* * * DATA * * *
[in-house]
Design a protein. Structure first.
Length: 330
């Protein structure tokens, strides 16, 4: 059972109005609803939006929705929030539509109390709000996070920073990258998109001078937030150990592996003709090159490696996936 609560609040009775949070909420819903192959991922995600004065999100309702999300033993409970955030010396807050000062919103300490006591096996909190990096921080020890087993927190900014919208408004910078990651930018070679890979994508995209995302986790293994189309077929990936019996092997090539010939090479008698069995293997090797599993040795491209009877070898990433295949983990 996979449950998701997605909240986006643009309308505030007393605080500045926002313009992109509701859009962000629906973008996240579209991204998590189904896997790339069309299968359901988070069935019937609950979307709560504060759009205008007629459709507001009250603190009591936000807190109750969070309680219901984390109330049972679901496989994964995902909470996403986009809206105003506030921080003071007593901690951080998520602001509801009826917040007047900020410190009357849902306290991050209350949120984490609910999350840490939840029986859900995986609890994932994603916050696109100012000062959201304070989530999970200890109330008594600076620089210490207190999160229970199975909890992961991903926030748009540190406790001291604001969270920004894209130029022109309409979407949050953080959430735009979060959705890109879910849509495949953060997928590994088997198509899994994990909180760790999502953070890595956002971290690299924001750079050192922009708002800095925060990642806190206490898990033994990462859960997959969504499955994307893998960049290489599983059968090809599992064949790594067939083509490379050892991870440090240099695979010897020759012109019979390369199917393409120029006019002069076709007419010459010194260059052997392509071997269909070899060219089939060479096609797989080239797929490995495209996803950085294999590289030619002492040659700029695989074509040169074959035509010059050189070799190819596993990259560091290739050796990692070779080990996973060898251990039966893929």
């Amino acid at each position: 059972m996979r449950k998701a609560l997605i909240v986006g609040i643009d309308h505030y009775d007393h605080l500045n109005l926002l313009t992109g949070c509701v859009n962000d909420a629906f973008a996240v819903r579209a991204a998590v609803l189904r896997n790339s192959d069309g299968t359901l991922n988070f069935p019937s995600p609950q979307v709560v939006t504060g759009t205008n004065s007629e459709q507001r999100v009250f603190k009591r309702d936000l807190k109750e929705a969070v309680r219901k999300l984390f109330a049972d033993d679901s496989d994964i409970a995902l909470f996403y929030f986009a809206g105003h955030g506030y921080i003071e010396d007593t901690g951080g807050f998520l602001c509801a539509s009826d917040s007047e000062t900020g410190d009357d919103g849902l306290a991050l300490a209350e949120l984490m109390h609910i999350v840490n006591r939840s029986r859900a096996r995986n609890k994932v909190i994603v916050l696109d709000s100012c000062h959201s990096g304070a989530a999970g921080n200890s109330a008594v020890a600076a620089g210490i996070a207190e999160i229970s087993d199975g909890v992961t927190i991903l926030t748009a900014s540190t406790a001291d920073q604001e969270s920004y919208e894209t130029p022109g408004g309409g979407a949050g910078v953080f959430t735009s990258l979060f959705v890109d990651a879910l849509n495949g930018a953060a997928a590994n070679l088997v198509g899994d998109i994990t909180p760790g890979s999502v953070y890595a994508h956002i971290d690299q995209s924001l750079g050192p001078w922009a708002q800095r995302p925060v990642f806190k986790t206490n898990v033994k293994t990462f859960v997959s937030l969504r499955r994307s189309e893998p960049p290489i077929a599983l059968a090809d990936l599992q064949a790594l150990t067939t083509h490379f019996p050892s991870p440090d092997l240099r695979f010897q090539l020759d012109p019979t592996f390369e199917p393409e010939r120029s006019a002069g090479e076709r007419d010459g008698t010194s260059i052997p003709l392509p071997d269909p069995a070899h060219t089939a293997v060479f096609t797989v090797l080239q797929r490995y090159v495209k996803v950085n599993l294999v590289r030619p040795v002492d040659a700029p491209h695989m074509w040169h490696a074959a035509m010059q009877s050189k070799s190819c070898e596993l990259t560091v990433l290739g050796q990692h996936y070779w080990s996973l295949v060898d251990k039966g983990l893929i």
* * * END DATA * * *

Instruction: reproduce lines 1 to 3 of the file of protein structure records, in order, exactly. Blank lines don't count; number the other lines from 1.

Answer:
[in-house]
Design a protein. Structure first.
Length: 330